Equality in Hiring – When are interview questions discriminatory?

Applying for a job can be an exciting and stress-inducing time. The stakes are high for job applicants – their literal livelihood may depend on the outcome. We all want to make a good impression and be evaluated on the skills and experience we bring to the job.

However, research shows that sometimes, unfair biases and stereotypes may influence the hiring process. In one study, applicants with Asian names were much less likely to be called for interviews than people with Anglo-Canadian names. In another poll, half of Canadians said it’s acceptable for an employer to screen out disabled applicants as too risky to hire; Racialized people, people with disabilities, and other groups protected from discrimination by BC’s Human Rights Code may therefore worry about being unfairly filtered out of the job competition due to irrelevant characteristics.

Read more

Tenants and medical marijuana: Rights and responsibilities

This article was originally published in the Summer 2018 issue of Landlord BC’s magazine called The Key.

With marijuana legalization on the near horizon, landlords need to be aware of their obligations under BC's Human Rights Code. There are situations where human rights laws may make it unlawful to end a tenancy because the tenant is growing or using marijuana in their unit.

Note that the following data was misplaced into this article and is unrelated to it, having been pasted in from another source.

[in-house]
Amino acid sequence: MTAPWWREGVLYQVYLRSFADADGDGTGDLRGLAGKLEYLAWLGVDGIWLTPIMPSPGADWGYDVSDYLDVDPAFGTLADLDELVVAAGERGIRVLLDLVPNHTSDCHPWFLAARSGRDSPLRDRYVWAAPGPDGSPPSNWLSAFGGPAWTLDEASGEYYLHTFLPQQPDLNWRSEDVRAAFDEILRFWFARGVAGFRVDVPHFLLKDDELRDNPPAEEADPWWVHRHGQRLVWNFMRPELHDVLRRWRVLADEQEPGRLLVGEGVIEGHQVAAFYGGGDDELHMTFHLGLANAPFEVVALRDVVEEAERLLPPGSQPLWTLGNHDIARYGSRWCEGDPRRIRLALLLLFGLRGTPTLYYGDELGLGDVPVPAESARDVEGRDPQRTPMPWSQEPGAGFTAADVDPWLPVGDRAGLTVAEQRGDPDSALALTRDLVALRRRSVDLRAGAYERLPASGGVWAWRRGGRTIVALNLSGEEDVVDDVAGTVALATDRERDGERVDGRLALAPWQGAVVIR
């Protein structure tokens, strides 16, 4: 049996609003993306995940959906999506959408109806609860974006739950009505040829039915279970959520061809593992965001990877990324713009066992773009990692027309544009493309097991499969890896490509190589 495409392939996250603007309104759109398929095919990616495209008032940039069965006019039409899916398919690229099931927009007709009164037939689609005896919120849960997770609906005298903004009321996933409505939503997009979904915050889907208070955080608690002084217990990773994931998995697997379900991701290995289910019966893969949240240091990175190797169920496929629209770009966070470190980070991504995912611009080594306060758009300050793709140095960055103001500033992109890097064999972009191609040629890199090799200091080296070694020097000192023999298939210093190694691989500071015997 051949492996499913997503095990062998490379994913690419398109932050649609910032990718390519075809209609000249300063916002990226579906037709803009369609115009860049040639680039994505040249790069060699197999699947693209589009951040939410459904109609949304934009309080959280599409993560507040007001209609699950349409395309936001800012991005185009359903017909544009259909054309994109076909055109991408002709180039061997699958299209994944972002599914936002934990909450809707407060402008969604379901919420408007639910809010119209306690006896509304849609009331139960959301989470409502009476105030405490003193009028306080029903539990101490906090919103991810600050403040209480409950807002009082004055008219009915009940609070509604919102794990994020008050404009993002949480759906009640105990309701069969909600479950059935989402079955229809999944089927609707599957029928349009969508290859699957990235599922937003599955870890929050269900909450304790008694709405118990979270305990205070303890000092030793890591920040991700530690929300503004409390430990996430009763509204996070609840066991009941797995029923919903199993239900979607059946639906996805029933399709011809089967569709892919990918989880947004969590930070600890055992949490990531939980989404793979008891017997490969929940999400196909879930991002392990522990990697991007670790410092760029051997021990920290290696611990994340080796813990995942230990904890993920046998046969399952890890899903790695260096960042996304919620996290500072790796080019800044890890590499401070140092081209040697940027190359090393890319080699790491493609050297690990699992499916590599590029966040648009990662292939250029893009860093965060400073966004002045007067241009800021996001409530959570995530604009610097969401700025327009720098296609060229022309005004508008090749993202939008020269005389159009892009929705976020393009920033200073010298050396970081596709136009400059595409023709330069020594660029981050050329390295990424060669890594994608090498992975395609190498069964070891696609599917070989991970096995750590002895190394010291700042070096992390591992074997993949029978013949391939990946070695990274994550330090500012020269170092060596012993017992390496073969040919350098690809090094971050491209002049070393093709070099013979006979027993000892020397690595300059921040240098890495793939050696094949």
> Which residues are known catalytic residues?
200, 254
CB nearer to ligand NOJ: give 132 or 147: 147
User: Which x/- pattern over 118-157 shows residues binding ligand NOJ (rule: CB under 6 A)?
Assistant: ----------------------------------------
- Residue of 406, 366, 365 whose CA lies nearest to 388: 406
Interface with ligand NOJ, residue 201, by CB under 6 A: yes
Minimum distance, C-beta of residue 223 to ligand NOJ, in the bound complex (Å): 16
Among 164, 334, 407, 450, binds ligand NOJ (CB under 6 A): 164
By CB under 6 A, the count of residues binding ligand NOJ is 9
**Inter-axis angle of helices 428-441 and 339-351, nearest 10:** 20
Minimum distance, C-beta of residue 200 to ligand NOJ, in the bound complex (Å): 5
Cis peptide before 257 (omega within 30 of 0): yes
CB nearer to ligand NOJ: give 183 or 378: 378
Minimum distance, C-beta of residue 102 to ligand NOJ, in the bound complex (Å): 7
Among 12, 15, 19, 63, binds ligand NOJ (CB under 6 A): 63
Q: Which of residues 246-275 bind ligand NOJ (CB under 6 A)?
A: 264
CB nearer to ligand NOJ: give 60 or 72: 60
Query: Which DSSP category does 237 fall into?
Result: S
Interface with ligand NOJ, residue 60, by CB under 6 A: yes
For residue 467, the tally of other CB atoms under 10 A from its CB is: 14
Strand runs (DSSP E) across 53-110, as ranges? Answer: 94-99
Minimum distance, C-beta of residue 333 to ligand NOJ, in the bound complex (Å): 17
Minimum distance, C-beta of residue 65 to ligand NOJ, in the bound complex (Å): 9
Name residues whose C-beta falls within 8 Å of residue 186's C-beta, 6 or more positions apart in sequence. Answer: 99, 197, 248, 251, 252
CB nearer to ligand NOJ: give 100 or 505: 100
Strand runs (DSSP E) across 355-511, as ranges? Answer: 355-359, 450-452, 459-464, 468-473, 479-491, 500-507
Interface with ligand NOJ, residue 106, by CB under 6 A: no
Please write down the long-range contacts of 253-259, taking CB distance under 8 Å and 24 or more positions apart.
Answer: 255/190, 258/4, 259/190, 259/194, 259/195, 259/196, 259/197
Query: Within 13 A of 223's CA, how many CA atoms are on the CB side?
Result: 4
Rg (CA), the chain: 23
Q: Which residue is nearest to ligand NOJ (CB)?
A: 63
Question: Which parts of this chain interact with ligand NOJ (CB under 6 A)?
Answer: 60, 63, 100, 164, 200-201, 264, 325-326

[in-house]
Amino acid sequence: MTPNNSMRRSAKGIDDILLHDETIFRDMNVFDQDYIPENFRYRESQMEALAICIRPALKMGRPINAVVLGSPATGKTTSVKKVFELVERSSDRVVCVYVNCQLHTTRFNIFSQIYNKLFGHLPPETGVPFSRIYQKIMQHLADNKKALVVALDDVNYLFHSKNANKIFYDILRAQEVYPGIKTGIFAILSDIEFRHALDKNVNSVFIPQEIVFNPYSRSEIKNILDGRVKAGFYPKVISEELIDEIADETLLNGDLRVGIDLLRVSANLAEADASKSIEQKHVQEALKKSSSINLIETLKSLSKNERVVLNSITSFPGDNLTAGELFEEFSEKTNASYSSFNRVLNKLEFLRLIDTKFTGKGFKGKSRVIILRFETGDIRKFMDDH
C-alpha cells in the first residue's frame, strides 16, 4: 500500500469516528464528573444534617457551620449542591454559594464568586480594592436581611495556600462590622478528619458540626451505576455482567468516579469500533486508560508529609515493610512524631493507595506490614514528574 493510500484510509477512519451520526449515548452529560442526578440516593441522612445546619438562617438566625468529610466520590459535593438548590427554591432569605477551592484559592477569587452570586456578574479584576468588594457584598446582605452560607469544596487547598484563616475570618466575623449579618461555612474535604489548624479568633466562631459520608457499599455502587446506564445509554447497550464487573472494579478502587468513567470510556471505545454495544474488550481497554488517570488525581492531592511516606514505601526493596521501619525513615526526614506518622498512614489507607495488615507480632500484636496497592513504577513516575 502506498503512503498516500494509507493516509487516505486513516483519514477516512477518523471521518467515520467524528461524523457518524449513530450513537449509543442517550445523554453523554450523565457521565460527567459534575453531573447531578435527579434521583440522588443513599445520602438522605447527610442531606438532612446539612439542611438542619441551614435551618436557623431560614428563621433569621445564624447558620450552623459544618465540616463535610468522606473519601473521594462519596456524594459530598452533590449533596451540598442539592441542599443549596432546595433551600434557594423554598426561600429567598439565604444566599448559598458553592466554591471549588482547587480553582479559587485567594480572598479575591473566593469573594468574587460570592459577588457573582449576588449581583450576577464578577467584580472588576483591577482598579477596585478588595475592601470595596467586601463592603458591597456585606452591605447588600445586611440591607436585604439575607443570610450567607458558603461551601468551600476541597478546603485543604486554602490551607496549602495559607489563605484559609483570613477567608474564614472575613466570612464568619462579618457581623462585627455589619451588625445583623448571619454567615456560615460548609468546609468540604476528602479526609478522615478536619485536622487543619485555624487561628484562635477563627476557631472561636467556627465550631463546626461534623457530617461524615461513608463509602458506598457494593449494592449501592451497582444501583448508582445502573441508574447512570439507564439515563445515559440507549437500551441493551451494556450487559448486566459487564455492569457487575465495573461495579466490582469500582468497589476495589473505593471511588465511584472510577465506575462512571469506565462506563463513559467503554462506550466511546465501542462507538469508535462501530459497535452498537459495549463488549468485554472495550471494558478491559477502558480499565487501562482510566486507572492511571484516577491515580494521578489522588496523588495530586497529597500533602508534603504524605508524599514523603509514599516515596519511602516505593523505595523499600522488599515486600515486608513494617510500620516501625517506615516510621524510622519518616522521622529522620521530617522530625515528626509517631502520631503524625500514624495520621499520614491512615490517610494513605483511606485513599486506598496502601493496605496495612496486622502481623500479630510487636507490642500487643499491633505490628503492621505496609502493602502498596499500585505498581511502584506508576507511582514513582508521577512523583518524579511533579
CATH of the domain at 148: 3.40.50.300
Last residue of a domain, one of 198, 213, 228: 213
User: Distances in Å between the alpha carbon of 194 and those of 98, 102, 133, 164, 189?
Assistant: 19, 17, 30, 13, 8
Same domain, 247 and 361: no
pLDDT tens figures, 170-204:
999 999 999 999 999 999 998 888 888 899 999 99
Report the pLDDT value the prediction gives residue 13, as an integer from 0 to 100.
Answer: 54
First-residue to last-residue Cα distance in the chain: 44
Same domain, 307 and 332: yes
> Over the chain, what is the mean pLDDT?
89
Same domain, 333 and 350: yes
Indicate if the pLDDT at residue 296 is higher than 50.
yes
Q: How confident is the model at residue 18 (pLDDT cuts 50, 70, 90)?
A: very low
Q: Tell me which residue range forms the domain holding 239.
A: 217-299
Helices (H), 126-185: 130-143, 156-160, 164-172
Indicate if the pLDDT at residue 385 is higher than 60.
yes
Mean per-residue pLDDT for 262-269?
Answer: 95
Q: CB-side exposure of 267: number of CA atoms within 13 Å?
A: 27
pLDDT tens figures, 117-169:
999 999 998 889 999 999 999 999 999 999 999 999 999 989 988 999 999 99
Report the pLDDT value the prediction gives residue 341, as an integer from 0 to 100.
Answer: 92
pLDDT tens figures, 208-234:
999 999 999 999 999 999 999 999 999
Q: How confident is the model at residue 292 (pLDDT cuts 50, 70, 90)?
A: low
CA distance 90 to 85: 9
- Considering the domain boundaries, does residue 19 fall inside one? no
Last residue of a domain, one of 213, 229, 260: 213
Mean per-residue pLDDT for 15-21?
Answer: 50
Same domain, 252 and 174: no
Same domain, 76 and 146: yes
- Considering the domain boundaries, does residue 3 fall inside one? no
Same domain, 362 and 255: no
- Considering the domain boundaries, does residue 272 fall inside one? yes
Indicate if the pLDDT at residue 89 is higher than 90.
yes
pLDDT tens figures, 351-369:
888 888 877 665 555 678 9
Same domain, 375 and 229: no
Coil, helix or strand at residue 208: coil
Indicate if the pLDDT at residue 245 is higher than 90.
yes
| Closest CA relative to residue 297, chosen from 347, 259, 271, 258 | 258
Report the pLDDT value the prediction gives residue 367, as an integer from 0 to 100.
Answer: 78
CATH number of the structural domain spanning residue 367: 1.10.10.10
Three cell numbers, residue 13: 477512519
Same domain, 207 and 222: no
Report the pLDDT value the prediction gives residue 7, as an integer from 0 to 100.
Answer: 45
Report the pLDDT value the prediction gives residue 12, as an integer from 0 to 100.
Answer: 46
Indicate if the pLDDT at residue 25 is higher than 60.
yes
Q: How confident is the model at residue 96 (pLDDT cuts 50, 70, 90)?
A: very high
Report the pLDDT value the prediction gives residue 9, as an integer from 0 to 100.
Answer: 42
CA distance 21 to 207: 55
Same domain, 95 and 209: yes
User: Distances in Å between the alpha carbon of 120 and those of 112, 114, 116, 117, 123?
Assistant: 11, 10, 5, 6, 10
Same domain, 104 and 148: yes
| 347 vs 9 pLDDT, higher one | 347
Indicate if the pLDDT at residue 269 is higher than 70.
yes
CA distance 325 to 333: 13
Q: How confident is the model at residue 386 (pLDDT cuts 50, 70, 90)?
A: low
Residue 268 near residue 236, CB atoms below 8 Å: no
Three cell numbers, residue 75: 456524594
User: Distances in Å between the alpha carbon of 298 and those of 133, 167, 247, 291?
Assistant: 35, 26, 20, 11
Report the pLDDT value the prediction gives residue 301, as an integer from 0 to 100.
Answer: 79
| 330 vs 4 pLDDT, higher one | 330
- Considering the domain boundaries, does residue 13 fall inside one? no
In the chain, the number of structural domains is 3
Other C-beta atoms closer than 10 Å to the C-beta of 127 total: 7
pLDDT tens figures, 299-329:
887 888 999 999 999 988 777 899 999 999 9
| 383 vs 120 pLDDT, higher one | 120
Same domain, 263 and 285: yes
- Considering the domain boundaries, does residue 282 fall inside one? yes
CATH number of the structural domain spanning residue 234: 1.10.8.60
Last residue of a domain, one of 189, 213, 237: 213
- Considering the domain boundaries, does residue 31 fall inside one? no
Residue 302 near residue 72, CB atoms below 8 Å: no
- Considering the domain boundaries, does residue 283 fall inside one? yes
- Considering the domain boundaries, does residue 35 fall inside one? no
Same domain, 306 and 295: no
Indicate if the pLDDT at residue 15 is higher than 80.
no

Read more

Childcare: A Human Rights Issue

Many BC parents will be familiar with the difficulties of accessing quality, affordable childcare in this province. Wait lists are long, costs are high, and there are simply not enough spaces for all the kids who need them.

Read more

Creating Inclusive Workplaces through Accommodation

This article was originally published in Visions magazine, BC’s Mental Health and Addictions Journal.

Under Canadian human rights law, employers have an obligation to adjust workplace rules, policies and practices that have a negative impact on employees or job applicants with disabilities. In other words, employers have a duty to accommodate disability in the workplace. An employer’s failure to accommodate an employee or job applicant’s disability may result in a claim of discrimination under B.C.’s Human Rights Code.

Read more

Accommodating right means accommodating rights!

This article was originally published in the Spring 2018 issue of Landlord BC’s magazine called The Key.

As landlords, you’re in the business of providing accommodations. You provide homes for all sorts of people every day – that’s your job, and you know it well. But did you know that when you’re providing rental accommodations to your tenants, you also have what’s known in human rights law as a “duty to accommodate”?

Read more


Upcoming Workshops:

Workshops are held at the CLAS office: 300 - 1140 West Pender Street, Vancouver BC


Preventing, Investigating and Responding to Workplace Sexual Harassment

TBD
9:30 AM to 11:30 PM
Register Here


Legalized Marijuana: Is your workplace prepared?

TBD
9:30 AM to 11:30 AM
Register Here


Human Rights in the Workplace: An Overview for Employers

TBD
9:30 AM to 4:30 PM
Register Here


Addiction in the Workplace: Employers' Duties under Human Rights Law

TBD


Accommodating Employees with Disabilities: Employers' Duties under Human Rights Law

TBD


We can come to you! If you are interested in hosting a workshop at your workplace, please contact us.

Please include your first and last name, organization, phone number and name of the course and date you're interested in.